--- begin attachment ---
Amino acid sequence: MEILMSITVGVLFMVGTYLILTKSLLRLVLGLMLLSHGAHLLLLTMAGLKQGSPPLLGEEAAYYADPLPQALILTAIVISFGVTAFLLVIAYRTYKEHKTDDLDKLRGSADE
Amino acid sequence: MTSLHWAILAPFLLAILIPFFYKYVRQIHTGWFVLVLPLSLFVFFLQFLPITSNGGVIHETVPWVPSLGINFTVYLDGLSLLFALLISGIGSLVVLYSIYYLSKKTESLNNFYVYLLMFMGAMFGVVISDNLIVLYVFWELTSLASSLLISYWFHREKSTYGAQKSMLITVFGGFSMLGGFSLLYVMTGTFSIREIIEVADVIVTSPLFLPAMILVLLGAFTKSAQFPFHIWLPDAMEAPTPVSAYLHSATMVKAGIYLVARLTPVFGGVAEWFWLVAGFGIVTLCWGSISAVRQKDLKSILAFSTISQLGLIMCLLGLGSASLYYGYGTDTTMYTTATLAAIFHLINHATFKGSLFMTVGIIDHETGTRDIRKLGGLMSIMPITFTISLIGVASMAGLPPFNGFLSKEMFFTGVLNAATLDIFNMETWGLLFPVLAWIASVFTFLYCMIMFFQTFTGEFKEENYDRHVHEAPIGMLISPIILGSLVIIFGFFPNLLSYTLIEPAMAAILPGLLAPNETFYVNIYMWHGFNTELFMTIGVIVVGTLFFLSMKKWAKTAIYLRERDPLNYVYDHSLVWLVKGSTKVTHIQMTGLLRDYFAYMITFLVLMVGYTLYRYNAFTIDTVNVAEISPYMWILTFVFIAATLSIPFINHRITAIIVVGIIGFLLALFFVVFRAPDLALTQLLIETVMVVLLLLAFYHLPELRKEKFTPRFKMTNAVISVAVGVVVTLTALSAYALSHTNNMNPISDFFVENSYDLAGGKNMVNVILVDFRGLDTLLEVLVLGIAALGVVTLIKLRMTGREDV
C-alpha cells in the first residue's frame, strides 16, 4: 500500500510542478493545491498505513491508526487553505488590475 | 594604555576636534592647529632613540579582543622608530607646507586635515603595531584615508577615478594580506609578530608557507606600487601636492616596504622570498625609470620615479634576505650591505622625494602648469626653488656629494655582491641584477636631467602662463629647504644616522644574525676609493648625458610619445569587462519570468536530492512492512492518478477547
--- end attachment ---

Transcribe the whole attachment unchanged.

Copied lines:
Amino acid sequence: MEILMSITVGVLFMVGTYLILTKSLLRLVLGLMLLSHGAHLLLLTMAGLKQGSPPLLGEEAAYYADPLPQALILTAIVISFGVTAFLLVIAYRTYKEHKTDDLDKLRGSADE
Amino acid sequence: MTSLHWAILAPFLLAILIPFFYKYVRQIHTGWFVLVLPLSLFVFFLQFLPITSNGGVIHETVPWVPSLGINFTVYLDGLSLLFALLISGIGSLVVLYSIYYLSKKTESLNNFYVYLLMFMGAMFGVVISDNLIVLYVFWELTSLASSLLISYWFHREKSTYGAQKSMLITVFGGFSMLGGFSLLYVMTGTFSIREIIEVADVIVTSPLFLPAMILVLLGAFTKSAQFPFHIWLPDAMEAPTPVSAYLHSATMVKAGIYLVARLTPVFGGVAEWFWLVAGFGIVTLCWGSISAVRQKDLKSILAFSTISQLGLIMCLLGLGSASLYYGYGTDTTMYTTATLAAIFHLINHATFKGSLFMTVGIIDHETGTRDIRKLGGLMSIMPITFTISLIGVASMAGLPPFNGFLSKEMFFTGVLNAATLDIFNMETWGLLFPVLAWIASVFTFLYCMIMFFQTFTGEFKEENYDRHVHEAPIGMLISPIILGSLVIIFGFFPNLLSYTLIEPAMAAILPGLLAPNETFYVNIYMWHGFNTELFMTIGVIVVGTLFFLSMKKWAKTAIYLRERDPLNYVYDHSLVWLVKGSTKVTHIQMTGLLRDYFAYMITFLVLMVGYTLYRYNAFTIDTVNVAEISPYMWILTFVFIAATLSIPFINHRITAIIVVGIIGFLLALFFVVFRAPDLALTQLLIETVMVVLLLLAFYHLPELRKEKFTPRFKMTNAVISVAVGVVVTLTALSAYALSHTNNMNPISDFFVENSYDLAGGKNMVNVILVDFRGLDTLLEVLVLGIAALGVVTLIKLRMTGREDV
C-alpha cells in the first residue's frame, strides 16, 4: 500500500510542478493545491498505513491508526487553505488590475 | 594604555576636534592647529632613540579582543622608530607646507586635515603595531584615508577615478594580506609578530608557507606600487601636492616596504622570498625609470620615479634576505650591505622625494602648469626653488656629494655582491641584477636631467602662463629647504644616522644574525676609493648625458610619445569587462519570468536530492512492512492518478477547